Coronaviruses are a large family of viruses. Many of them infect animals, but some coronaviruses from animals can evolve (change) into a new human coronavirus that can spread from person-to-person. This is what happened with the current novel coronavirus known as COVID-19. Coronavirus disease is a respiratory illness that can spread from person to person. The virus that causes COVID-19 is a novel coronavirus that was first identified during an investigation into an outbreak in Wuhan, China.
How are coronaviruses spread?
Like other respiratory illnesses, such as influenza (flu), human coronaviruses most commonly spread to others from an infected person who has symptoms through:
Droplets produced through coughing and sneezing
Close personal contact, such as caring for an infected person
Touching an object or surface with the virus on it, then touching your mouth, nose, or eyes before washing your hands
Coronavirus Disease (COVID-19) is new, and we are learning more each day about how easily it spreads and how long it takes for people to become sick.
What are the symptoms of Coronavirus Disease (COVID-19)?
Reported illnesses have ranged from people with mild symptoms to people becoming severely ill, requiring admission to the hospital, and dying.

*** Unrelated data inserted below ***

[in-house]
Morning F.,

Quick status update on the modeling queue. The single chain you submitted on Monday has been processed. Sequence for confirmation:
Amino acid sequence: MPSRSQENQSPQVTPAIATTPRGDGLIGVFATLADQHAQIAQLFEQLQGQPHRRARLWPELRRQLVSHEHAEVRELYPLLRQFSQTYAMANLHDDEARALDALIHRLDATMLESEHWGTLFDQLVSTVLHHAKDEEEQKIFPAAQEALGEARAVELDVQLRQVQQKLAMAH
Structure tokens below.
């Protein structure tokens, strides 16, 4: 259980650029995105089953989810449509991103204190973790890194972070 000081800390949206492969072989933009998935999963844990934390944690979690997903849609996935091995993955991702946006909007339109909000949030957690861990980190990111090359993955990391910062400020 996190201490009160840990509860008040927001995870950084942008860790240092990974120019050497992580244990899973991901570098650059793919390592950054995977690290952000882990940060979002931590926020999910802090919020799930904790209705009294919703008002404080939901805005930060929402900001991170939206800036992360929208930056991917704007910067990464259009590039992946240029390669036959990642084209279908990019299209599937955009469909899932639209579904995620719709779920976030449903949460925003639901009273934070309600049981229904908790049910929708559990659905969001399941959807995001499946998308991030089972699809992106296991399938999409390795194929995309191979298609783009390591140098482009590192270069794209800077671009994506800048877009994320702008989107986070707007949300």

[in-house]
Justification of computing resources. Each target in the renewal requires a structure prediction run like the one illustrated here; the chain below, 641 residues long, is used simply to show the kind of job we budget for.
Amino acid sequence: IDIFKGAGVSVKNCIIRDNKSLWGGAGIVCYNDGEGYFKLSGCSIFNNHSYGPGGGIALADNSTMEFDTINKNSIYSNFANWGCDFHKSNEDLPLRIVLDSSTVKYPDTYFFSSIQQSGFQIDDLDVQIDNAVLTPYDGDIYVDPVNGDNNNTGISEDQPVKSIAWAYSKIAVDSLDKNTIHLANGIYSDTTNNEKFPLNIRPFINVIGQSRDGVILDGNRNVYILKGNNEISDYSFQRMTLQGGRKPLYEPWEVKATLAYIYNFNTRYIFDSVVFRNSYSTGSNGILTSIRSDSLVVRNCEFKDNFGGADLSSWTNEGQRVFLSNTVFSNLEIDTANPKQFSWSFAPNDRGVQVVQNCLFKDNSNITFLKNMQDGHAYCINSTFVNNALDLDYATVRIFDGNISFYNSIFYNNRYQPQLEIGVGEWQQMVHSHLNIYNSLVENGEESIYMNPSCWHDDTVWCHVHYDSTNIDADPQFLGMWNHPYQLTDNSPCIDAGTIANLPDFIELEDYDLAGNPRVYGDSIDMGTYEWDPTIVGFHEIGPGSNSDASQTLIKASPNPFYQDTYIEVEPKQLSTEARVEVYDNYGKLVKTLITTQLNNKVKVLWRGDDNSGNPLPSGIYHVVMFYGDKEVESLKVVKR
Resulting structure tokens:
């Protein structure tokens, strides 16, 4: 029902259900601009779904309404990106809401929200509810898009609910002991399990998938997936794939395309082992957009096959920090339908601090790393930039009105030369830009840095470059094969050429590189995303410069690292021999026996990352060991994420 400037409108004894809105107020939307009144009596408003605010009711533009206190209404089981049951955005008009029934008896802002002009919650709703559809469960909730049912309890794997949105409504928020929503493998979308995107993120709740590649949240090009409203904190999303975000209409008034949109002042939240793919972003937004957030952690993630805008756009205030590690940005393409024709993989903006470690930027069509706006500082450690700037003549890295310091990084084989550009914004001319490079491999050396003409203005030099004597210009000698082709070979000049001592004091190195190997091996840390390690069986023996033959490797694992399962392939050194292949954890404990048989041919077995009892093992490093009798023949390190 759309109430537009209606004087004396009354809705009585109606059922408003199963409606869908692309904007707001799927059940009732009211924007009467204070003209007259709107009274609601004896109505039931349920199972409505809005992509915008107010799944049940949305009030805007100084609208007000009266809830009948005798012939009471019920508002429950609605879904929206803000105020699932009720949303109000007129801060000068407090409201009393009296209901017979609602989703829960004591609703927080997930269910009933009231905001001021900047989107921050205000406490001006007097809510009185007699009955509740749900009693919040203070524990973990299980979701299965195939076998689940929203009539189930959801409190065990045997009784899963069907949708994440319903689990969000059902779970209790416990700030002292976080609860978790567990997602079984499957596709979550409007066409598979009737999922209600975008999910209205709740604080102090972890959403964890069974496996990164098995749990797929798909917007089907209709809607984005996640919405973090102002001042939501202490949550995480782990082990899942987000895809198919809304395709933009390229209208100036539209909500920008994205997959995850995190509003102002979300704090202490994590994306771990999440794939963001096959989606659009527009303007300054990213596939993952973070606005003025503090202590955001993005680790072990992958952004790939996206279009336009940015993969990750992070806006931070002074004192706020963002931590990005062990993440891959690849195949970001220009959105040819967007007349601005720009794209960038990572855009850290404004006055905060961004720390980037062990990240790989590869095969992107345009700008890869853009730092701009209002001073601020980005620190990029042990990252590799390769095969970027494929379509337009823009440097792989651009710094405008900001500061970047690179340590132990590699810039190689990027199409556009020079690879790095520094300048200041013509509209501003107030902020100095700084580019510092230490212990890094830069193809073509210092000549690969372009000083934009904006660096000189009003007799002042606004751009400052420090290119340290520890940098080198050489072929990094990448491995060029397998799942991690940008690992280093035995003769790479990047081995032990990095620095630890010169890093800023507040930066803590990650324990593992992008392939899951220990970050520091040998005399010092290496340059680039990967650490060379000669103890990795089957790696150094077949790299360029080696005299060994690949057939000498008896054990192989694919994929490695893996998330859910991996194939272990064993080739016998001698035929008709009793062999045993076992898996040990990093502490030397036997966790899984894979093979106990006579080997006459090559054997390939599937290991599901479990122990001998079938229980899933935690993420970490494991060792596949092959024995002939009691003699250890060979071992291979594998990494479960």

Shortness of breath/ Difficulty breathing
Muscle or Body aches (unrelated to exercise)
New loss of taste or smell
If you have traveled from mainland China and develop any of these symptoms within 14 days of your return, you should seek medical care right away. Before you go to a doctor’s office or emergency room, call ahead and tell them about your symptoms and your recent travel.
What can I do to protect myself and others from respiratory infections like COVID-19?
As with other respiratory illnesses, there are steps that everyone can take daily to reduce the risk of getting sick or infecting others with circulating viruses.
Stay home when you are sick.
Wash your hands often with soap and water for at least 20 seconds, especially after going to the bathroom; before eating; and after blowing your nose, coughing, or sneezing.
If soap and water are not readily available, use an alcohol-based hand sanitizer with at least 60% alcohol. Always wash hands with soap and water if hands are visibly dirty.
Avoid touching your eyes, nose, and mouth with unwashed hands.
Limit close contact, like kissing and sharing cups or utensils, with people who are sick.
Clean and disinfect frequently touched objects and surfaces using a regular household cleaning spray or wipe.
Cover your cough or sneeze with a tissue, then throw the tissue in the trash. If you do not have a tissue, use your sleeve (not your hands).
Facemasks are most effective when used appropriately by health care workers and people who are sick.
Get a flu shot to prevent influenza if you have not done so this season.
To learn more about symptoms and what to do if you are sick, click here.
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